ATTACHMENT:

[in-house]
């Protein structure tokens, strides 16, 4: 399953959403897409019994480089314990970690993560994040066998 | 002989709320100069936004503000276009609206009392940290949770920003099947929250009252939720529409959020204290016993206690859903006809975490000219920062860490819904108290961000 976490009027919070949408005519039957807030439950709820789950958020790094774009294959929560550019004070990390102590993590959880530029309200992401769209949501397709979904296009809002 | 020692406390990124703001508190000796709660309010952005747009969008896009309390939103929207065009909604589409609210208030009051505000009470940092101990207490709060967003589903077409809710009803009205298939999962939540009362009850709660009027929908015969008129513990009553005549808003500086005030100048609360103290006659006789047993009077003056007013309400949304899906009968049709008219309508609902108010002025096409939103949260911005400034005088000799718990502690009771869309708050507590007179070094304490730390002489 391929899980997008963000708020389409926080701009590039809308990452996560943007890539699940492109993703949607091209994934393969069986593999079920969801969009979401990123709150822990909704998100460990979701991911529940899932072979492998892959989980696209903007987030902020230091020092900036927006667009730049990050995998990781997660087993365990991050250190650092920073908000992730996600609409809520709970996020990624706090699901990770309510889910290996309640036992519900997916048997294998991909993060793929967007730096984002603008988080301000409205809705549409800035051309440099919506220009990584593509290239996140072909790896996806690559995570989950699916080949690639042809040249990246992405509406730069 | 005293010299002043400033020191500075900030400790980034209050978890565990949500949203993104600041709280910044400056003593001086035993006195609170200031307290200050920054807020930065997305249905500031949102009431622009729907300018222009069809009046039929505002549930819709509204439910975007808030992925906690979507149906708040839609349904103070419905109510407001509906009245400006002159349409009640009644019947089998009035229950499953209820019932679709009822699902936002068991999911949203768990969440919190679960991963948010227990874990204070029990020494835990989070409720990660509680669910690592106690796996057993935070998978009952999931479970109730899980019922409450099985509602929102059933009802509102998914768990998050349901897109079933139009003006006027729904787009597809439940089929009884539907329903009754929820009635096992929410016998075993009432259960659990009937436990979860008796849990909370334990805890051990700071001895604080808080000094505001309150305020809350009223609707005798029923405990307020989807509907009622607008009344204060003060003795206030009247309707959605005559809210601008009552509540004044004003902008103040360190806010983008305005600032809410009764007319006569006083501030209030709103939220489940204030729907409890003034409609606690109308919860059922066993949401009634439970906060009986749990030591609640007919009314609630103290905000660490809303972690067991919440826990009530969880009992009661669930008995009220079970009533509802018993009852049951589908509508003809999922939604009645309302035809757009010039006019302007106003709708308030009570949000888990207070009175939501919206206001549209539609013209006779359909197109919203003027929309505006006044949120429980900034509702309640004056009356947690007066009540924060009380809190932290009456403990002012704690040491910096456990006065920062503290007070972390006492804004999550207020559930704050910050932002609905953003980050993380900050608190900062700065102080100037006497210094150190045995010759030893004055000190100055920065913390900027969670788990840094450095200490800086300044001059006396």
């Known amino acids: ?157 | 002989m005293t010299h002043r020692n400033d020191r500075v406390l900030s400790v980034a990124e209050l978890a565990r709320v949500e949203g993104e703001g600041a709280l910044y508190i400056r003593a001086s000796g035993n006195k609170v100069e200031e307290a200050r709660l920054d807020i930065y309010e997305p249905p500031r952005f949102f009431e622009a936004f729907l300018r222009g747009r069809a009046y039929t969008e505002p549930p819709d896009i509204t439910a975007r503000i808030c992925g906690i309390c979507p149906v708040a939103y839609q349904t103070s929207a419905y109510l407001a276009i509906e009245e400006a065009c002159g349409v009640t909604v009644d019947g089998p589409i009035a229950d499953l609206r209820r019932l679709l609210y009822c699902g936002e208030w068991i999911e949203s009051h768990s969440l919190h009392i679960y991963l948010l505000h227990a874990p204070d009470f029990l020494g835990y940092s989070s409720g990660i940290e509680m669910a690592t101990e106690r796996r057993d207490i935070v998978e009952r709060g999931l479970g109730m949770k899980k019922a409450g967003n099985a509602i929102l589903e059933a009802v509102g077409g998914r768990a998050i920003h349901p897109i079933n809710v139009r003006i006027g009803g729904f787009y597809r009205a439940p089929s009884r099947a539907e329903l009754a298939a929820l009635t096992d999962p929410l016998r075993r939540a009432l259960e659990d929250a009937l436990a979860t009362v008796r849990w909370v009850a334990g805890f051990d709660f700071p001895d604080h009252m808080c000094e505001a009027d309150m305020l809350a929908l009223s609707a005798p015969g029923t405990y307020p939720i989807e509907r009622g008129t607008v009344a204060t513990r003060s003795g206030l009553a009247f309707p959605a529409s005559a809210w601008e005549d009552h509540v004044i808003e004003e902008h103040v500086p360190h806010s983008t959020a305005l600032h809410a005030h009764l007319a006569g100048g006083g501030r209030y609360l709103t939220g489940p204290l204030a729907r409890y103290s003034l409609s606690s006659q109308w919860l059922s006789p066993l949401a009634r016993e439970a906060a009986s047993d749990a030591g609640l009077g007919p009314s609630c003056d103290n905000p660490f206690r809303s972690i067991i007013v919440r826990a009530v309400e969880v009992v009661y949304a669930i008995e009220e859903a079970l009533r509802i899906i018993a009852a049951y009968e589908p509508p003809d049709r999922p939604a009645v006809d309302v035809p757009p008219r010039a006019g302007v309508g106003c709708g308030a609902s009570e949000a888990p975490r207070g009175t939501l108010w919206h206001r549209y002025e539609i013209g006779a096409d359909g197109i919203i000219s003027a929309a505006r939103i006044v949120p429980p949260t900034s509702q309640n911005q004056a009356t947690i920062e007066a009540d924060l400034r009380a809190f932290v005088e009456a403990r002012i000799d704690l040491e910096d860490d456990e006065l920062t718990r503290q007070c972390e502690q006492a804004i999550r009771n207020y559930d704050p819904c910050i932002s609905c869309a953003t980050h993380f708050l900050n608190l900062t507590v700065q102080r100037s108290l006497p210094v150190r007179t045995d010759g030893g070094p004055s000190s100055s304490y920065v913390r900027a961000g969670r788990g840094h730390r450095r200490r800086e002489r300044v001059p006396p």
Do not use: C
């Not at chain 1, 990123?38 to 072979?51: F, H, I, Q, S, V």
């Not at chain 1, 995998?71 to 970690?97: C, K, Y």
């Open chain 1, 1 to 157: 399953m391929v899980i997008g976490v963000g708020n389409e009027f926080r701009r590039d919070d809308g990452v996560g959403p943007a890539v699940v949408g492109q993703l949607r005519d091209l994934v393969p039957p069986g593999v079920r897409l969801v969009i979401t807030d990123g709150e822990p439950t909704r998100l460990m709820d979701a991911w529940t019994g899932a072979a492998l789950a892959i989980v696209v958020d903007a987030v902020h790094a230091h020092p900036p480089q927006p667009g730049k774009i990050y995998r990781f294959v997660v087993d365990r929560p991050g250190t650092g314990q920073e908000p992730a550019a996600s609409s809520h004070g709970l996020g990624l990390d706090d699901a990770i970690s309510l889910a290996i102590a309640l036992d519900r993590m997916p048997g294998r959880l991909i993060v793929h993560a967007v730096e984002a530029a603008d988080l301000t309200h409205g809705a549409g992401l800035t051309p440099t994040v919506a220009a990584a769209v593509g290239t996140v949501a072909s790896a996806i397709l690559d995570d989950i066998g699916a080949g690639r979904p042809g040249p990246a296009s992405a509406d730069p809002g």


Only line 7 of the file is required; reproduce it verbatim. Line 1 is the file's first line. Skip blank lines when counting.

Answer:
């Open chain 1, 1 to 157: 399953m391929v899980i997008g976490v963000g708020n389409e009027f926080r701009r590039d919070d809308g990452v996560g959403p943007a890539v699940v949408g492109q993703l949607r005519d091209l994934v393969p039957p069986g593999v079920r897409l969801v969009i979401t807030d990123g709150e822990p439950t909704r998100l460990m709820d979701a991911w529940t019994g899932a072979a492998l789950a892959i989980v696209v958020d903007a987030v902020h790094a230091h020092p900036p480089q927006p667009g730049k774009i990050y995998r990781f294959v997660v087993d365990r929560p991050g250190t650092g314990q920073e908000p992730a550019a996600s609409s809520h004070g709970l996020g990624l990390d706090d699901a990770i970690s309510l889910a290996i102590a309640l036992d519900r993590m997916p048997g294998r959880l991909i993060v793929h993560a967007v730096e984002a530029a603008d988080l301000t309200h409205g809705a549409g992401l800035t051309p440099t994040v919506a220009a990584a769209v593509g290239t996140v949501a072909s790896a996806i397709l690559d995570d989950i066998g699916a080949g690639r979904p042809g040249p990246a296009s992405a509406d730069p809002g």